NAFTA reform must carefully mitigate risk

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United States Trade Representative Robert Lighthizer arrives at the Office of The United States Trade Representative, Tuesday, Aug. 28, 2018, in Washington, ahead of the arrival of Canadian Foreign Affairs Minister Chrystia Freeland. Canada, America's longtime ally and No. 2 trading partner, was left out of a proposed deal Trump just reached with Mexico and is scrambling to keep its place in the regional free-trade bloc — and fend off the threat of U.S. taxes on its vehicles. (AP Photo/Andrew Harnik)

United States Trade Representative Robert Lighthizer arrives at the Office of The United States Trade Representative, Tuesday, Aug. 28, 2018, in Washington, ahead of the arrival of Canadian Foreign Affairs Minister Chrystia Freeland. Canada, America’s longtime ally and No. 2 trading partner, was left out of a proposed deal Trump just reached with Mexico and is scrambling to keep its place in the regional free-trade bloc — and fend off the threat of U.S. taxes on its vehicles. (AP Photo/Andrew Harnik)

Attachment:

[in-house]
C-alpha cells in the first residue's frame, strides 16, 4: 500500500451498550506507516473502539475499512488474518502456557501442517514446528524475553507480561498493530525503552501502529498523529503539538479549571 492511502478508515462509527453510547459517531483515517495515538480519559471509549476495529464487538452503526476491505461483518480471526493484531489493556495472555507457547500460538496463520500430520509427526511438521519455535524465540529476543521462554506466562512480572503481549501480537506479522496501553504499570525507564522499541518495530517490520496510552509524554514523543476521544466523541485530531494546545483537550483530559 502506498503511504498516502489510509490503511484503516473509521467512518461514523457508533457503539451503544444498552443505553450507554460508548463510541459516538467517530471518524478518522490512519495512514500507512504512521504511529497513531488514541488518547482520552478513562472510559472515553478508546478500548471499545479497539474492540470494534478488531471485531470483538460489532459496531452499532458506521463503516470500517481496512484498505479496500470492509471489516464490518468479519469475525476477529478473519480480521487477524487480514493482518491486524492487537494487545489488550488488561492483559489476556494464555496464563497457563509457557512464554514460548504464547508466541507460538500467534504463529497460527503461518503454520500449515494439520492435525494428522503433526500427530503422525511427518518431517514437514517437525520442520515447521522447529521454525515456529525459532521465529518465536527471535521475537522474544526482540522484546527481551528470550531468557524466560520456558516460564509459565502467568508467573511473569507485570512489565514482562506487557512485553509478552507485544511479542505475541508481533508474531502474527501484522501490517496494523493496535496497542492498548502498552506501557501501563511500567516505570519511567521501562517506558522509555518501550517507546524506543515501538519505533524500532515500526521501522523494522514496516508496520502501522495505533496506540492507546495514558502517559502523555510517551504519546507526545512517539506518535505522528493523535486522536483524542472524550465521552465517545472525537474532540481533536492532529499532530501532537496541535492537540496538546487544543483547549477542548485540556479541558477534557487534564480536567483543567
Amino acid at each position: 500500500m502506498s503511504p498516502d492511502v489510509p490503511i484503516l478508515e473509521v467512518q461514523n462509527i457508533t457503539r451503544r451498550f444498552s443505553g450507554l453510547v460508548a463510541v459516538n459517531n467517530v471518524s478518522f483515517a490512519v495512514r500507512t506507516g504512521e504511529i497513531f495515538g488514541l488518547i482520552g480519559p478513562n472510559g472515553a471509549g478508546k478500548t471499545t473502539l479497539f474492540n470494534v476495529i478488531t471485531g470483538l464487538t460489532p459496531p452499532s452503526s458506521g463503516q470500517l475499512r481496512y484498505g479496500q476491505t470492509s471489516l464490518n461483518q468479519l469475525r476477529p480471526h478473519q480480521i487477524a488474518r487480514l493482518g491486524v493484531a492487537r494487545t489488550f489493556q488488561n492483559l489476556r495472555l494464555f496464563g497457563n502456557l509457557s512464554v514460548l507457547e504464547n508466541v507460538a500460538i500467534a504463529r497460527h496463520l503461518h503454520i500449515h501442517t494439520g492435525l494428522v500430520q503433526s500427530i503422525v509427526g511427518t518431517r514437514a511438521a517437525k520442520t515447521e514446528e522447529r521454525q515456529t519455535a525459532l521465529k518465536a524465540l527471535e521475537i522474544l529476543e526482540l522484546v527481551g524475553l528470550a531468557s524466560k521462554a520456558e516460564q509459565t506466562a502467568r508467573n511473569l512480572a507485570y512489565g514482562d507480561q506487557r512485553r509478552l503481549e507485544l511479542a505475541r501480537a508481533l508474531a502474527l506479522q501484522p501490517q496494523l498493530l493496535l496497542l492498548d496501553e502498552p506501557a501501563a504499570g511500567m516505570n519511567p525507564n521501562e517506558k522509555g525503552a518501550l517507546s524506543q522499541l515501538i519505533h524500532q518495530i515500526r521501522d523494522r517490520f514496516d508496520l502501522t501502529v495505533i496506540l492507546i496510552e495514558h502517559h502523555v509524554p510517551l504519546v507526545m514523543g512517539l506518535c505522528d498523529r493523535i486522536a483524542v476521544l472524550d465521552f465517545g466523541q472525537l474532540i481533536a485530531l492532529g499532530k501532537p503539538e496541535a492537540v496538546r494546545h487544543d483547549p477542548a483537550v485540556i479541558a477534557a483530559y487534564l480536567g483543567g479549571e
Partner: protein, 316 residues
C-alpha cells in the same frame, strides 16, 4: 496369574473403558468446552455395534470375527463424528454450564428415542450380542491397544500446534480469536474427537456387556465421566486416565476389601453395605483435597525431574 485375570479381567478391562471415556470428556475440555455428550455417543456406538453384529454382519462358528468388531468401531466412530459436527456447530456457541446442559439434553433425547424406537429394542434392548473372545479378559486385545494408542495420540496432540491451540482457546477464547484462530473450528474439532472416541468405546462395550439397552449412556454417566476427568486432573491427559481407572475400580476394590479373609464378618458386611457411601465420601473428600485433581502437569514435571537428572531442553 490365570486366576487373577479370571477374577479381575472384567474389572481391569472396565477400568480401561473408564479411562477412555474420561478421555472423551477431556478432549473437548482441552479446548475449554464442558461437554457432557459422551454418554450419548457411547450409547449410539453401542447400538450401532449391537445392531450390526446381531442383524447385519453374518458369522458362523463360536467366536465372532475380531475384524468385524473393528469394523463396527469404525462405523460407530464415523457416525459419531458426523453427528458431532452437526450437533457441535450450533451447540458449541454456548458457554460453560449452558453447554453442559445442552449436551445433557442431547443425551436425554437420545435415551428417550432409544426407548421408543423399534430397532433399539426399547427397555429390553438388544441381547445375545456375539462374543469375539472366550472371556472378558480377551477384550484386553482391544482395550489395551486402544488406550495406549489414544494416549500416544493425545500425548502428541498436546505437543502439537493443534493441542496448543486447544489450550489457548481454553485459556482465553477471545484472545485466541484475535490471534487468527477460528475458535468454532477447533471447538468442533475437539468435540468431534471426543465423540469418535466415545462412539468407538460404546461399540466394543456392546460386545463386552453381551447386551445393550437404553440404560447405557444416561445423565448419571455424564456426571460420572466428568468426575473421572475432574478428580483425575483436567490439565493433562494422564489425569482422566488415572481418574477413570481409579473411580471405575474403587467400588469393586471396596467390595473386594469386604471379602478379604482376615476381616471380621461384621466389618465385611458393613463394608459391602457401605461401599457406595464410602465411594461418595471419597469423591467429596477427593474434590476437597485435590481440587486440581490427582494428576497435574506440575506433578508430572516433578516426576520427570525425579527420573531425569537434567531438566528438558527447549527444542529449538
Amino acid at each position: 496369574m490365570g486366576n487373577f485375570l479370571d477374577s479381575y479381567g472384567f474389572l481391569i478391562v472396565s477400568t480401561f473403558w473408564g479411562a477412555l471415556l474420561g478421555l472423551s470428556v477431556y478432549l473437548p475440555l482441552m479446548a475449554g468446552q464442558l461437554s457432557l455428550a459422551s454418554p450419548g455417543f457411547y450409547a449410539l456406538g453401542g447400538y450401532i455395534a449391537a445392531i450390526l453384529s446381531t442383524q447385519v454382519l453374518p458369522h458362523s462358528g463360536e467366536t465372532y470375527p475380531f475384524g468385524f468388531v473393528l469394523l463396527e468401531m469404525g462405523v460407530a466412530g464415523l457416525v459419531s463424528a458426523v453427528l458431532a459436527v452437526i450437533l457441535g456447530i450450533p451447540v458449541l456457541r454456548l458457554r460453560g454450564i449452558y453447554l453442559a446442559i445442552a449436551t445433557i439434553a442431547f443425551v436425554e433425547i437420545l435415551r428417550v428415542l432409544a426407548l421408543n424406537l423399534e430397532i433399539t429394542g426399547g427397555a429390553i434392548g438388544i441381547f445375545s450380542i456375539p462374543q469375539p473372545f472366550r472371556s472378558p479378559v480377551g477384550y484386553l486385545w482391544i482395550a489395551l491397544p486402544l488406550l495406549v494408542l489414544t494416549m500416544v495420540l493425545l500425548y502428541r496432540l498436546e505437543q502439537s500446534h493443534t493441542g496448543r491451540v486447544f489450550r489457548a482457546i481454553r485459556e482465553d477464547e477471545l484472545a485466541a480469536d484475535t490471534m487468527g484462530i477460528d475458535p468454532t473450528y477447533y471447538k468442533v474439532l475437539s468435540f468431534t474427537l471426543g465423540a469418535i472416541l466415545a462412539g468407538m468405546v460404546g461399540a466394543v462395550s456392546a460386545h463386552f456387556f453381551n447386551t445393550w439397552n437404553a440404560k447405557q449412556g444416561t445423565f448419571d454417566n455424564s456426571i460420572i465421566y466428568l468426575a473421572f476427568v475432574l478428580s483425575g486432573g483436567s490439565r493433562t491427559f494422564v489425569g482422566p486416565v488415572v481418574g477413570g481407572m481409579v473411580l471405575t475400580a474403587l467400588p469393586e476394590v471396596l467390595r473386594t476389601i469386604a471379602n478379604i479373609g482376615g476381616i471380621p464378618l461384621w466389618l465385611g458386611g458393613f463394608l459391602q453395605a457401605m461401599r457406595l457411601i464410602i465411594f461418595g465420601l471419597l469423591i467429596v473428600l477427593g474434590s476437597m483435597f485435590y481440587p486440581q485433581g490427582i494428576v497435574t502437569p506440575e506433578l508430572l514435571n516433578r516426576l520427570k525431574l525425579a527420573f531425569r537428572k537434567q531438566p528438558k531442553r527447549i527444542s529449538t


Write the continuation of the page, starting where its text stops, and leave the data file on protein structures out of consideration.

On Aug. 27, 2018, Mexico and the United States reached a bilateral agreement regarding North Atlantic Free Trade Agreement (NAFTA) reform.  NAFTA was enacted in 1994 to lower trade barriers between Canada, Mexico, and the United States. It quadrupled trade between the three countries, eliminated tariffs, increased United States GDP by approximately $127 billion per year, created approximately 5 million United States jobs and lowered prices for U.S. consumers, all of which invigorated the economy. Some counter that NAFTA cost the United States approximately 1 million jobs and suppressed wages in the manufacturing industry through outsourcing (the production of goods in other countries). 

Likewise, the current administration has admonished China’s likely use of Canada and Mexico as manufacturing middle men to forego tariffs. Due to these reasons, the United States has remained ambivalent on NAFTA; Democrats typically in opposition and Republicans typically in favor.